The Authority may arrange group insurance to cover Property Practitioners liability to members of the public.

The Fund must receive payment annually of a fee for the issue of a Fidelity Fund certificate. These are prescribed in Regulation 23.

Note that Regulation 20 provides that the maximum pay out from the Fidelity Fund to any claimant in respect of each cause of action is R2 000 000.00. This amount is not substantial and Practitioners are advised to seek additional insurance.


Application for a Fidelity Fund Certificate

This chapter deals extensively with the requirements around Fidelity Fund Certificates and the requirement that every Property Practitioner be in possession of such certificate. The certificate is applied for every three years.

Chapter 5 of the Regulations dealing with Fidelity Fund Certificates deals, with the practicality’s arounds these. Property Practitioners must lodge an application on the prescribed form (in the Regulations) by 31 October of the year in which the certificate will expire.

With the advent of the extended definition of Property Practitioner, the Regulations enjoin the Authority to, in good faith, consult with industry representative bodies to define the various industries in which different categories of Property Practitioners operate.

Fidelity Fund Certificates to be Industry Specific

Regulation 26 sets out that a Practitioner shall hold a separate Fidelity Fund Certificate for each different industry in which it operates. A separate application must be lodged with the Authority in respect of each Fidelity Fund Certificate.

Prohibition on Rendering Services without a Fidelity Fund Certificate

Every Property Practitioner must on request produce the certificate or a certified copy. No person who has not been issued with a valid certificate may act as a Property Practitioner.

In the absence of a Fidelity Fund Certificate, a Property Practitioner must immediately upon receipt of a written request from a relevant party, repay any amount received in respect of or as a result of a property transaction during the contravention.

Mandatory time periods for Issuing Certificates

The Authority is obliged by the Act to issue the certificate within 30 working days unless the Authority on good grounds, informs the Applicant that the period is extended. The extension may not exceed 20 working days. The 30 working day, time period starts afresh if the Authority requires additional documents.

If the Authority fails in terms of the above, the application is deemed approved and a certificate must be issued within 10 working days.

Disqualification from issue of Fidelity Fund Certificate

This chapter deals at length as to who may be disqualified from being issued with a certificate. This includes, inter alia, any person who not an SA citizen and who does not lawfully reside in SA, any person who is not in possession of a valid BEE certificate and any person who is not in possession of a valid tax clearance certificate.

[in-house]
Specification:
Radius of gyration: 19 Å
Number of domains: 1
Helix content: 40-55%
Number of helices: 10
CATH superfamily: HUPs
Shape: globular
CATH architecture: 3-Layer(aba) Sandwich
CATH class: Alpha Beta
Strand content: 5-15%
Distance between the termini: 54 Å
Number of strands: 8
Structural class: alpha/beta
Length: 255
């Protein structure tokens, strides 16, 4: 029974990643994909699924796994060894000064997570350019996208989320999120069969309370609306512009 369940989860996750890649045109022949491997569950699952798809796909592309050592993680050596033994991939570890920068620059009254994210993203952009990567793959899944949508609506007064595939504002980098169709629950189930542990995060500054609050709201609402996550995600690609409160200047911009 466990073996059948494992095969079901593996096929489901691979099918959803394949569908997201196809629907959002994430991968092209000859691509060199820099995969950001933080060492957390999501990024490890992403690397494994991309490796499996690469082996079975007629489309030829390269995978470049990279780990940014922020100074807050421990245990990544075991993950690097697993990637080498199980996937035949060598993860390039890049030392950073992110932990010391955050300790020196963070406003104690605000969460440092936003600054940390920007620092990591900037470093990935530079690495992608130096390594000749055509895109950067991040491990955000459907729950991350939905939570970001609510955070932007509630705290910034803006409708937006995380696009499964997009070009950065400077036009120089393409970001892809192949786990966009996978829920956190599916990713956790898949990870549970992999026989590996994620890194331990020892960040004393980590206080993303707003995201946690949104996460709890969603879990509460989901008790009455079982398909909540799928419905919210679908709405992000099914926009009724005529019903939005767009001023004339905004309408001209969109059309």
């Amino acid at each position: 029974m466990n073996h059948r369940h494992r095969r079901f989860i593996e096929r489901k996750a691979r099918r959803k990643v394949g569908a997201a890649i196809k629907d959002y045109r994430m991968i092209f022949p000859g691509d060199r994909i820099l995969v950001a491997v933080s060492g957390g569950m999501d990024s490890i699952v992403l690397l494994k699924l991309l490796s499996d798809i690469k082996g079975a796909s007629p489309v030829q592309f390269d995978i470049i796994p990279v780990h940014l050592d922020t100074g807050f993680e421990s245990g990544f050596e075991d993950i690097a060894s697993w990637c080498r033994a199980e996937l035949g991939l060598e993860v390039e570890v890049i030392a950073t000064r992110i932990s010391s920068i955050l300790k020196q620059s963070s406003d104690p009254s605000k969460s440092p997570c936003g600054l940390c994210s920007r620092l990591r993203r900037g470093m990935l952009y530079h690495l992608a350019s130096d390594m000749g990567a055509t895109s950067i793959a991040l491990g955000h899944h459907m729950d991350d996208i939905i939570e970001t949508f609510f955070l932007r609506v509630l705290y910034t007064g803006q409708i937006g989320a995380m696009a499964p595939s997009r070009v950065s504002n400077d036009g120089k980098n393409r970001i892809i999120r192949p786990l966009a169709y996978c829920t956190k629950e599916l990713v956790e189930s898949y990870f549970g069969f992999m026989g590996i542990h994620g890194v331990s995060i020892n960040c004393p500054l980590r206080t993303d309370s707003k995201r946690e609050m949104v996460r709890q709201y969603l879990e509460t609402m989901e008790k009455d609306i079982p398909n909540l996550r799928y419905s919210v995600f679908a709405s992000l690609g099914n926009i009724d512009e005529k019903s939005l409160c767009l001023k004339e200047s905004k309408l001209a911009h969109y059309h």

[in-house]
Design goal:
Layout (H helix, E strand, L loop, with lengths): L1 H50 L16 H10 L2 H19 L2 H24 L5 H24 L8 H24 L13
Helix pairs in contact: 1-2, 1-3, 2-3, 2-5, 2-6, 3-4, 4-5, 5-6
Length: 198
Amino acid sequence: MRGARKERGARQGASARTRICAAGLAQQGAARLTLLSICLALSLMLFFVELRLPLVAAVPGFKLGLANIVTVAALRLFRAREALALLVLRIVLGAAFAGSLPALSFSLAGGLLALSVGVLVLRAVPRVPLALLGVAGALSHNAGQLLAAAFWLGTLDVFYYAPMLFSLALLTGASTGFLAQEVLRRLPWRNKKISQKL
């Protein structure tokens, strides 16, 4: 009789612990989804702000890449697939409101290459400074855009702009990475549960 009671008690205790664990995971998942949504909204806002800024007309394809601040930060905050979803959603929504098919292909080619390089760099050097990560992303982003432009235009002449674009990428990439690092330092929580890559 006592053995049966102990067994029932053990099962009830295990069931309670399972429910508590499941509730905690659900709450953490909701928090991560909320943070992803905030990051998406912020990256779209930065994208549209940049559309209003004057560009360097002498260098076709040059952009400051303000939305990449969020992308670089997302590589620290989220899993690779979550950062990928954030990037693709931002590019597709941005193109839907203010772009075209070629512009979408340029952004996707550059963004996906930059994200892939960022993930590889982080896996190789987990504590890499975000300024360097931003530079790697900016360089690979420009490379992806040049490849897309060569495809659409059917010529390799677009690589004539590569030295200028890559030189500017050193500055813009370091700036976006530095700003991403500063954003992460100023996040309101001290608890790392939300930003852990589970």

It is important that Property Practitioners consult the chapter for detail. Note the use of the word “may” be disqualified. This implies that the Authority has a discretion to issue a certificate under circumstances where there is non-compliance.

Withdrawal or Lapse of Fidelity Fund Certificate

The Authority may of its own initiative or by order of a court or adjudicator, withdraw a certificate. Section 52 deals with this issue in detail.

Mandatory Display of Fidelity Fund Certificate

The holder of a certificate must prominently display the certificate at every place where he conducts business to enable consumers to easily inspect it.

The holder must further ensure that the prescribed sentence regarding holding a Fidelity Fund certificate is reproduced in legible lettering on any letter head or marketing material relating to that Property Practitioner.

In addition, the prescribed clause must be included in any agreement relating to property transactions entered into by the Property Practitioner (or company), which clause ensures that he, she or it guarantees the validity of the certificate.

Wording on Letterheads and in Agreement

Regulation 37 in Chapter 7 of the Regulations deals with the above obligations:

  1. The following wording must appear on all letterheads or marketing material pertaining to a property practitioner: “Registered with the PPRA”
  • Where a candidate estate agent is making use of such letterheads or is referenced in such marketing material, the fact that such individual is a candidate estate agent must be clearly stated.
  • Any agreement in connection with a property transaction to which the property practitioner is a party must contain a clause in the following terms:

“[Insert name of property practitioner as defined in the agreement] hereby warrants the validity of his / her / its Fidelity Fund Certificate as at the date of signature of this Agreement.”

Trust Accounts

This chapter deals with the requirement for the opening of trust accounts and dealing with trust funds and investments. The duty to keep accounting records and other documents is set out together with obligations around audit reports.

The Act provides that Practitioners must cause the accounting records to be audited within 6 months of the financial year end. The section must be consulted for detail around this.

A Property Practitioner whose turnover is less than R2.5 million must have his accounting records subjected to an independent review by a registered accountant. The Minister may by gazette determine under what circumstances certain Property Practitioners may be exempted from a trust account and may determine different dispensations for the review of accounting records.